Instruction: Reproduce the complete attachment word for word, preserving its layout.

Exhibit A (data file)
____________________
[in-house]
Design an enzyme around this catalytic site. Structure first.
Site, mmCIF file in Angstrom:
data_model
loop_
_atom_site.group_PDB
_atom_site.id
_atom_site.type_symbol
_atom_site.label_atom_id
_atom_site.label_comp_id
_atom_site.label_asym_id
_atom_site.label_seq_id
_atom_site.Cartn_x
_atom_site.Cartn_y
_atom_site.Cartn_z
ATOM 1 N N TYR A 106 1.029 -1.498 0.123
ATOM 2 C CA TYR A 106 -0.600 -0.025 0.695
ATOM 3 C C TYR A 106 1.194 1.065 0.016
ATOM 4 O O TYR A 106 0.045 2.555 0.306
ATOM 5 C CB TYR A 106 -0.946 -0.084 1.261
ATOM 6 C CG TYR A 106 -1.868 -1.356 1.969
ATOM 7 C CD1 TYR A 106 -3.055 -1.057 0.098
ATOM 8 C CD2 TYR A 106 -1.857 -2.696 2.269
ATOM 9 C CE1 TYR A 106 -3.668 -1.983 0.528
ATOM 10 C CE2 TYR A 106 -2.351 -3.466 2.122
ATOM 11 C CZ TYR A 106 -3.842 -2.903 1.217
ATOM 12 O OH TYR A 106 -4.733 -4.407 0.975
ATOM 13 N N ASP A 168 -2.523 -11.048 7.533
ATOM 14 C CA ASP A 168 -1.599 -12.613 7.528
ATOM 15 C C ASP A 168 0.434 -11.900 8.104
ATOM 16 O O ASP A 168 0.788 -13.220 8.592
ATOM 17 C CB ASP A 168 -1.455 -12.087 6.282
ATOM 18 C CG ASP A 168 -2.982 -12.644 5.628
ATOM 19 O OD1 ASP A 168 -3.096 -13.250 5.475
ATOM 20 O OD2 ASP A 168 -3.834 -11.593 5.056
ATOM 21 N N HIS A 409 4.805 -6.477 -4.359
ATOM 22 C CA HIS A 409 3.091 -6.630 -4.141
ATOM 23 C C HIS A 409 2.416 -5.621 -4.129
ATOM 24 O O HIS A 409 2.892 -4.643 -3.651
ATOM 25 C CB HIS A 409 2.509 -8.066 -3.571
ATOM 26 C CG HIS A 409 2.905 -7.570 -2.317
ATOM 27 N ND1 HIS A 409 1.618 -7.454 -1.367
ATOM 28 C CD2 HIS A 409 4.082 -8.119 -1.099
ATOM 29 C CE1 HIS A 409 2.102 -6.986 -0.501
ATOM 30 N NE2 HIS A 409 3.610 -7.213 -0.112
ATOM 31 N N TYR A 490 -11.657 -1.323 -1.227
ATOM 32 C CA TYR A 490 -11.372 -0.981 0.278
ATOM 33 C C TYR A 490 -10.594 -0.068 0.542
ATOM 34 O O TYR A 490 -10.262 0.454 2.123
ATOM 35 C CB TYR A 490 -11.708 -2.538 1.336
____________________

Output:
[in-house]
Design an enzyme around this catalytic site. Structure first.
Site, mmCIF file in Angstrom:
data_model
loop_
_atom_site.group_PDB
_atom_site.id
_atom_site.type_symbol
_atom_site.label_atom_id
_atom_site.label_comp_id
_atom_site.label_asym_id
_atom_site.label_seq_id
_atom_site.Cartn_x
_atom_site.Cartn_y
_atom_site.Cartn_z
ATOM 1 N N TYR A 106 1.029 -1.498 0.123
ATOM 2 C CA TYR A 106 -0.600 -0.025 0.695
ATOM 3 C C TYR A 106 1.194 1.065 0.016
ATOM 4 O O TYR A 106 0.045 2.555 0.306
ATOM 5 C CB TYR A 106 -0.946 -0.084 1.261
ATOM 6 C CG TYR A 106 -1.868 -1.356 1.969
ATOM 7 C CD1 TYR A 106 -3.055 -1.057 0.098
ATOM 8 C CD2 TYR A 106 -1.857 -2.696 2.269
ATOM 9 C CE1 TYR A 106 -3.668 -1.983 0.528
ATOM 10 C CE2 TYR A 106 -2.351 -3.466 2.122
ATOM 11 C CZ TYR A 106 -3.842 -2.903 1.217
ATOM 12 O OH TYR A 106 -4.733 -4.407 0.975
ATOM 13 N N ASP A 168 -2.523 -11.048 7.533
ATOM 14 C CA ASP A 168 -1.599 -12.613 7.528
ATOM 15 C C ASP A 168 0.434 -11.900 8.104
ATOM 16 O O ASP A 168 0.788 -13.220 8.592
ATOM 17 C CB ASP A 168 -1.455 -12.087 6.282
ATOM 18 C CG ASP A 168 -2.982 -12.644 5.628
ATOM 19 O OD1 ASP A 168 -3.096 -13.250 5.475
ATOM 20 O OD2 ASP A 168 -3.834 -11.593 5.056
ATOM 21 N N HIS A 409 4.805 -6.477 -4.359
ATOM 22 C CA HIS A 409 3.091 -6.630 -4.141
ATOM 23 C C HIS A 409 2.416 -5.621 -4.129
ATOM 24 O O HIS A 409 2.892 -4.643 -3.651
ATOM 25 C CB HIS A 409 2.509 -8.066 -3.571
ATOM 26 C CG HIS A 409 2.905 -7.570 -2.317
ATOM 27 N ND1 HIS A 409 1.618 -7.454 -1.367
ATOM 28 C CD2 HIS A 409 4.082 -8.119 -1.099
ATOM 29 C CE1 HIS A 409 2.102 -6.986 -0.501
ATOM 30 N NE2 HIS A 409 3.610 -7.213 -0.112
ATOM 31 N N TYR A 490 -11.657 -1.323 -1.227
ATOM 32 C CA TYR A 490 -11.372 -0.981 0.278
ATOM 33 C C TYR A 490 -10.594 -0.068 0.542
ATOM 34 O O TYR A 490 -10.262 0.454 2.123
ATOM 35 C CB TYR A 490 -11.708 -2.538 1.336